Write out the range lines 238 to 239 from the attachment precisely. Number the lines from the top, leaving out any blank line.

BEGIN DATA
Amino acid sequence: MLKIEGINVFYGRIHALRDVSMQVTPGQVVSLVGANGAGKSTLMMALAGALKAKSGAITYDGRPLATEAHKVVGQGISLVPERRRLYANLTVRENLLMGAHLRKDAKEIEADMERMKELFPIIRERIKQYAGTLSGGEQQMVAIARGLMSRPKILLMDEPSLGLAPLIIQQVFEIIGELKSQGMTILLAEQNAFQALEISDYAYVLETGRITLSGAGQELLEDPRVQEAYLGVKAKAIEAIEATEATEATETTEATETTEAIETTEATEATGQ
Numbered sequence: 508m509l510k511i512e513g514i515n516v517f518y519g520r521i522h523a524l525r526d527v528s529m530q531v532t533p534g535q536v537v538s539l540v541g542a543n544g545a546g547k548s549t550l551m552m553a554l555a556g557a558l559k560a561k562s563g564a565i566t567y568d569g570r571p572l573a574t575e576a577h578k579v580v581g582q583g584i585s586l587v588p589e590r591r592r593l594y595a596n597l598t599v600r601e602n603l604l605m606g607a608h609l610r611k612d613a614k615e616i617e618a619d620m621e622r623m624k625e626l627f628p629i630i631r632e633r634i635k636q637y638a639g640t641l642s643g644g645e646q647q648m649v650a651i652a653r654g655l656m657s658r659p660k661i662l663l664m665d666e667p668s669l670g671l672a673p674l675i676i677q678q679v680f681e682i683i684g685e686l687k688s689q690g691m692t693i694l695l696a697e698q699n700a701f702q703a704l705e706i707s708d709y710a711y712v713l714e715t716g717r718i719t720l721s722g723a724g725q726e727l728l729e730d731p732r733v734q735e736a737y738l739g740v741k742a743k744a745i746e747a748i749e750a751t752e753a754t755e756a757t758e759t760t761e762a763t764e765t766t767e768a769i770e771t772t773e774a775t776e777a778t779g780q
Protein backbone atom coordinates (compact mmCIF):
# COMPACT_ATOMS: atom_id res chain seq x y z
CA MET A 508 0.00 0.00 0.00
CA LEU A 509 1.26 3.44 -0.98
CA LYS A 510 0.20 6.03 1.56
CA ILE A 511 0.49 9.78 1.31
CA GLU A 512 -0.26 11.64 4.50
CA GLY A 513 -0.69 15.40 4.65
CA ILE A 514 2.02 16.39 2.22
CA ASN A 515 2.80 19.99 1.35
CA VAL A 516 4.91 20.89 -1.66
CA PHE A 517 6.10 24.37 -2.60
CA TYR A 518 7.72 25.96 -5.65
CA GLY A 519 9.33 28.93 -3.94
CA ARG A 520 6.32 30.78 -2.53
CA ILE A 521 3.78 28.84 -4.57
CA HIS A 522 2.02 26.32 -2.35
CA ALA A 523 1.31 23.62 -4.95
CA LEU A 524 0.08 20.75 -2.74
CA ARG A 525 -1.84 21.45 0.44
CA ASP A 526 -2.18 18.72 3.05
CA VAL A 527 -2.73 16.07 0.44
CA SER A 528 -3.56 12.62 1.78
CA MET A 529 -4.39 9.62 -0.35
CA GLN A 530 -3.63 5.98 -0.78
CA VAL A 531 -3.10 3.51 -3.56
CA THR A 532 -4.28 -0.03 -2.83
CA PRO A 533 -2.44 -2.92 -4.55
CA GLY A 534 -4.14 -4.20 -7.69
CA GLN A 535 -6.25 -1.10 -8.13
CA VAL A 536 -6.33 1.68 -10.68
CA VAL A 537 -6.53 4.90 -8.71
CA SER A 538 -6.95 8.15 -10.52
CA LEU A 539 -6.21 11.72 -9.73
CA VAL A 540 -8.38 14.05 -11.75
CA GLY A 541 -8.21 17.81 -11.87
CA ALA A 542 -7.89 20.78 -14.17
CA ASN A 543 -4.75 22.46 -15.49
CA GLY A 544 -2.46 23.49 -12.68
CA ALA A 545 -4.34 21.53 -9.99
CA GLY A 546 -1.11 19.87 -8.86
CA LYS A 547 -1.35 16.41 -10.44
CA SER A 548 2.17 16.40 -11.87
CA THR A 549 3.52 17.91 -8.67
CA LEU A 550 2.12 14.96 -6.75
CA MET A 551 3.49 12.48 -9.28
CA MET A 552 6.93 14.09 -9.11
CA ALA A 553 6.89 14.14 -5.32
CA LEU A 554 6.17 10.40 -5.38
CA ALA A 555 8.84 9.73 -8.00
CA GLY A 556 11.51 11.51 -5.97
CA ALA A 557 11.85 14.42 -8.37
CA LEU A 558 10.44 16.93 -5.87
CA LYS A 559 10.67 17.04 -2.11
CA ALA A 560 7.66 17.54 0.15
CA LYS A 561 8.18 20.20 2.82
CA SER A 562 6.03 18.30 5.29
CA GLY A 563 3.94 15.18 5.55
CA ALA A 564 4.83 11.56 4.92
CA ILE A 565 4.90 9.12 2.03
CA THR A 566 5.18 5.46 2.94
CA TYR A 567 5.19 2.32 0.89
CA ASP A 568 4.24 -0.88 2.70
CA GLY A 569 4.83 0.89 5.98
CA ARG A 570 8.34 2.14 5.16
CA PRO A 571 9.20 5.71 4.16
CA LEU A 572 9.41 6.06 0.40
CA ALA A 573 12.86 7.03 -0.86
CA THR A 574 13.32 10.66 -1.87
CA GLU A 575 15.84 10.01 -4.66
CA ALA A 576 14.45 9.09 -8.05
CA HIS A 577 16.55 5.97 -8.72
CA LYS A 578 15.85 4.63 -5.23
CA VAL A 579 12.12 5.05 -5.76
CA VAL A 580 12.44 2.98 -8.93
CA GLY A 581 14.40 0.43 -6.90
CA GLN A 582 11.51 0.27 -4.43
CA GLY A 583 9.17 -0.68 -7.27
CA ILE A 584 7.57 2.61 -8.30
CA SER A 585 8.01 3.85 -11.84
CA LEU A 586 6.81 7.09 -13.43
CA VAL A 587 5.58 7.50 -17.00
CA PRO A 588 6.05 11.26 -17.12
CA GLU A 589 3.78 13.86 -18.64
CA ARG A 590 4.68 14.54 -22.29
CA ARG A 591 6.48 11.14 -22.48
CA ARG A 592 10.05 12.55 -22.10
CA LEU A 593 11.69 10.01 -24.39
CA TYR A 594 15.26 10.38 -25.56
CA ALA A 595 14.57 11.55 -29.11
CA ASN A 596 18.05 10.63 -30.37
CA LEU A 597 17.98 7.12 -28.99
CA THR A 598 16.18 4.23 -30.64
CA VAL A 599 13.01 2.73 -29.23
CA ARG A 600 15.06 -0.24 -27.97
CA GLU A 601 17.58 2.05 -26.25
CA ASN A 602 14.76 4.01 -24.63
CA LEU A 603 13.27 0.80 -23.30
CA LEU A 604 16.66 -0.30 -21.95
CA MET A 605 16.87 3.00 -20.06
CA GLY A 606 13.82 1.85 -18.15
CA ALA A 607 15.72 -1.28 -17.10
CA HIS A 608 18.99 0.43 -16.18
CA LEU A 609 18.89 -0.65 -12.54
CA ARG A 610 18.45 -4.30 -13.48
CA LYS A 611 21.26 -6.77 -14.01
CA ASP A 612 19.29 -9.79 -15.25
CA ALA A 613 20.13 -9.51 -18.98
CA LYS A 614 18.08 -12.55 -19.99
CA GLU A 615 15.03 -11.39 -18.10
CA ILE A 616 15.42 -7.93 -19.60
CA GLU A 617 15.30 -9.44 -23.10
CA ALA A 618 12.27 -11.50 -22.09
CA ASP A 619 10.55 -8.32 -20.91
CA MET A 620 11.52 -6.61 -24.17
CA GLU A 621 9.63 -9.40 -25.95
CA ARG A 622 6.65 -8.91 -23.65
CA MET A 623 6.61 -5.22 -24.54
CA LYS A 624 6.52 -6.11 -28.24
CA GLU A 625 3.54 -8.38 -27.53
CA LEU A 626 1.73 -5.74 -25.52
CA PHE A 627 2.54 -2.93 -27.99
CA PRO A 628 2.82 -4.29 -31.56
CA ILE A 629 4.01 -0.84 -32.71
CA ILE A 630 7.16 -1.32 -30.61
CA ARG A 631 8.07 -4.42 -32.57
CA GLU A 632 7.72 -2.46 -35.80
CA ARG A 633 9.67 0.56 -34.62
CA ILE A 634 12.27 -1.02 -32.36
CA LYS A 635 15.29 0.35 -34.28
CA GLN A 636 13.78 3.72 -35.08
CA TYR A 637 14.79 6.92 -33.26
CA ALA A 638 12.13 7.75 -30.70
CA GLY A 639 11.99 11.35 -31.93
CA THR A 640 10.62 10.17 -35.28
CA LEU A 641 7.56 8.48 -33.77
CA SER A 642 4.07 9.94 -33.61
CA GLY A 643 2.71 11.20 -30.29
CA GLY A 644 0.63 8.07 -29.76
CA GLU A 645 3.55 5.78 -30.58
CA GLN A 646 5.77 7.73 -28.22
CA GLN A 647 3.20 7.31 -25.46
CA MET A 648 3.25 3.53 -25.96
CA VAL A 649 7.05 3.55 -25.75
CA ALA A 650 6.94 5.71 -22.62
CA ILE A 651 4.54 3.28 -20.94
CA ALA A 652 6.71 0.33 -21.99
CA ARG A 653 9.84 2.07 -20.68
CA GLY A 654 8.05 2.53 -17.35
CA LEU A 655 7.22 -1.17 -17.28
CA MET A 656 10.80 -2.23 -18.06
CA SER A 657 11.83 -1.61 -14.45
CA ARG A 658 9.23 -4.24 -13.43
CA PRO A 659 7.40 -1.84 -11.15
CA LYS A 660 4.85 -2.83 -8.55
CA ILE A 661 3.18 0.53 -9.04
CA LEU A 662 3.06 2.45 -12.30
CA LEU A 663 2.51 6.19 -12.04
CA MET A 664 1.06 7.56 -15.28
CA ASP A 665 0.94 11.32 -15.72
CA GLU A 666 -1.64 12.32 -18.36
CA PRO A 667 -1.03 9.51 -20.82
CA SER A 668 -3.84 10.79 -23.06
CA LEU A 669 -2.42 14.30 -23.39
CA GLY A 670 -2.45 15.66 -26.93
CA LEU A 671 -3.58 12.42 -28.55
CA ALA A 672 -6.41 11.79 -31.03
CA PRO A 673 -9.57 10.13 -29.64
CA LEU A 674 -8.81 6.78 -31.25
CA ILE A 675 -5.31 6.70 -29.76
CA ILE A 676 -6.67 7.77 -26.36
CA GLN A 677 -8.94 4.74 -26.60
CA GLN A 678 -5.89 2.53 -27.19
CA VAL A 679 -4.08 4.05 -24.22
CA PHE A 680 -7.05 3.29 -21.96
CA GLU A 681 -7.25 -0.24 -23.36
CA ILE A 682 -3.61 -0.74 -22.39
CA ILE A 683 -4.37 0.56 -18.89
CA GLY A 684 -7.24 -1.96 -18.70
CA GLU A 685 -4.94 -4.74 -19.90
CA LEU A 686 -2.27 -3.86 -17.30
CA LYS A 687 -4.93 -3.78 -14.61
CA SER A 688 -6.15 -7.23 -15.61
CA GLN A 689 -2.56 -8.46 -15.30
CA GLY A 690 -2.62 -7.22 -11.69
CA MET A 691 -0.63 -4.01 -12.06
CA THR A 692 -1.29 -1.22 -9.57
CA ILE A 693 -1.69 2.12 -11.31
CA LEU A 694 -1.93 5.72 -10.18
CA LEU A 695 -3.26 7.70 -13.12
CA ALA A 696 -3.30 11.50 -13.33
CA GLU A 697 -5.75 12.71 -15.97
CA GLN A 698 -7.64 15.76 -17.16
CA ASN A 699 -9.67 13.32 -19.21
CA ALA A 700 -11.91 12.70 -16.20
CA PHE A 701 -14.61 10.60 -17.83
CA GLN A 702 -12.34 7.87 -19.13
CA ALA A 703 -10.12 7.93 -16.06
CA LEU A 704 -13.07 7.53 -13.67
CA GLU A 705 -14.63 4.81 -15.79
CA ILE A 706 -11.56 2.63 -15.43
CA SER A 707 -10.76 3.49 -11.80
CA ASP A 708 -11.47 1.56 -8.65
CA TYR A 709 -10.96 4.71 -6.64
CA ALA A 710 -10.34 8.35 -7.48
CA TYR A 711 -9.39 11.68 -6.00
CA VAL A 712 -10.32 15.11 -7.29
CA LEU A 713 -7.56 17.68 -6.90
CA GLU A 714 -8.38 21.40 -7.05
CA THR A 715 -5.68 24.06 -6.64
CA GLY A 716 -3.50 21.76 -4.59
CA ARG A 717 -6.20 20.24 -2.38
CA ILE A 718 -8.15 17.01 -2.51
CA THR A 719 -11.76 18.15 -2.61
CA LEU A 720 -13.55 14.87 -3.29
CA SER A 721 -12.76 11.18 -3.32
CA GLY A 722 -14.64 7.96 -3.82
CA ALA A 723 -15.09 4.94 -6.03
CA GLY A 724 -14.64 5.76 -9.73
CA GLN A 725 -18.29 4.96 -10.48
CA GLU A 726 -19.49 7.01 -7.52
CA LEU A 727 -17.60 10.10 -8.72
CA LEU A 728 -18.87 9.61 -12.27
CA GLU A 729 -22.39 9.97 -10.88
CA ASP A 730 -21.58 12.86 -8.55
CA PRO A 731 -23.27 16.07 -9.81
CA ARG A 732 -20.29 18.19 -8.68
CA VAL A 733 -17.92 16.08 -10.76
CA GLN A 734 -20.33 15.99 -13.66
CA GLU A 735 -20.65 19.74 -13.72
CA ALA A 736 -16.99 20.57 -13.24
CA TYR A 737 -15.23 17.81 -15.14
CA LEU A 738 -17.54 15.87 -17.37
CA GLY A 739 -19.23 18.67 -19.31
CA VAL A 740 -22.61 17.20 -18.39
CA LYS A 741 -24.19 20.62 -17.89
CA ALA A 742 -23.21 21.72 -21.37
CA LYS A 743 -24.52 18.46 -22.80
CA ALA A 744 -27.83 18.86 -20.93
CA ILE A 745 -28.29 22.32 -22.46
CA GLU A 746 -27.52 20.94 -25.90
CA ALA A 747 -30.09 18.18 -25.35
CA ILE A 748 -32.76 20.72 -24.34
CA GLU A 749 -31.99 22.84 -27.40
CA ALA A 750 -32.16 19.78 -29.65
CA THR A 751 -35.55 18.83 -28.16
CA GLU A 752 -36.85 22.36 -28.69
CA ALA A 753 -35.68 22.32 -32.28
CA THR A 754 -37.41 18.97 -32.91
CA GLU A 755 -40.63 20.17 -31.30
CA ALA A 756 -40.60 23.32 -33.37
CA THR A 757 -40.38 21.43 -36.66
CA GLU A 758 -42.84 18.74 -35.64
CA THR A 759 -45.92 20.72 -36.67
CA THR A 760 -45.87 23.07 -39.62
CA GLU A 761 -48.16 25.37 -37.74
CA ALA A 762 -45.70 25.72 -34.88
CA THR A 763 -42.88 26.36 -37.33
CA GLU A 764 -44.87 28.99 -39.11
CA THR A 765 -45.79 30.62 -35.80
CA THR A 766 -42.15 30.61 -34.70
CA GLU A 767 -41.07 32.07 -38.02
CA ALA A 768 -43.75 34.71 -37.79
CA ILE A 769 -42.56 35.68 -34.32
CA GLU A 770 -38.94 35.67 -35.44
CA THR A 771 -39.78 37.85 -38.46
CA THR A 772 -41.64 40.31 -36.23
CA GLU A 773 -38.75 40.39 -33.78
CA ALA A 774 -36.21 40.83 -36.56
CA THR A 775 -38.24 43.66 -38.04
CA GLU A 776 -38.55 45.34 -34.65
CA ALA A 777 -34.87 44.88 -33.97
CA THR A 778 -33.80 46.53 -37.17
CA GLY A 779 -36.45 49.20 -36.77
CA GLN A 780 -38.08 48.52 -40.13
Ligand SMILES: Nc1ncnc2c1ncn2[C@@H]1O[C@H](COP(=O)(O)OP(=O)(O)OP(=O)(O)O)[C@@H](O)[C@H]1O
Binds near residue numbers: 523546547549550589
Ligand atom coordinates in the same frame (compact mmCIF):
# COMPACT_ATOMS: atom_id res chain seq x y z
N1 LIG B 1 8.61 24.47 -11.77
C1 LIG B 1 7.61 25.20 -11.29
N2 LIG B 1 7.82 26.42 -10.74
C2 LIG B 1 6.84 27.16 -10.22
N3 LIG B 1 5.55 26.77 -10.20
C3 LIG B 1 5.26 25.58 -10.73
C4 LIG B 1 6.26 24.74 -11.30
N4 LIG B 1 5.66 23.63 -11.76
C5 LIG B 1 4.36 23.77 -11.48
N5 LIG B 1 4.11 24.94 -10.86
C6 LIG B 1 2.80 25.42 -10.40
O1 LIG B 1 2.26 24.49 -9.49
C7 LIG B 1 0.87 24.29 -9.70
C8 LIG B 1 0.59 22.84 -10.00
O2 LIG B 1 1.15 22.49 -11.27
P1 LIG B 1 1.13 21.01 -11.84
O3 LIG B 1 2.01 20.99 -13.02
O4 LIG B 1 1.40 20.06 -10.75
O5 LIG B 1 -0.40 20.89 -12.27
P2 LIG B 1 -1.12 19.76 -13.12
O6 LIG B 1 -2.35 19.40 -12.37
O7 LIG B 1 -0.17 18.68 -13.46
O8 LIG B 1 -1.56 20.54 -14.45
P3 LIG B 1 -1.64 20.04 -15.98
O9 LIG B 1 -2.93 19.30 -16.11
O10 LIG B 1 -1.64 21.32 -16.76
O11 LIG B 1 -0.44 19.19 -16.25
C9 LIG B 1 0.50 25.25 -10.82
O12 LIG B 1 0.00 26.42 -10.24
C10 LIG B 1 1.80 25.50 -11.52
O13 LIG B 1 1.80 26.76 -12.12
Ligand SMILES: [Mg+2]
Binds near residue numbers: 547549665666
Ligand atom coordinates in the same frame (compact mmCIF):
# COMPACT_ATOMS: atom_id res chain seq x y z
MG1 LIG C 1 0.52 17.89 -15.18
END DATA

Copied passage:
CA LYS A 741 -24.19 20.62 -17.89
CA ALA A 742 -23.21 21.72 -21.37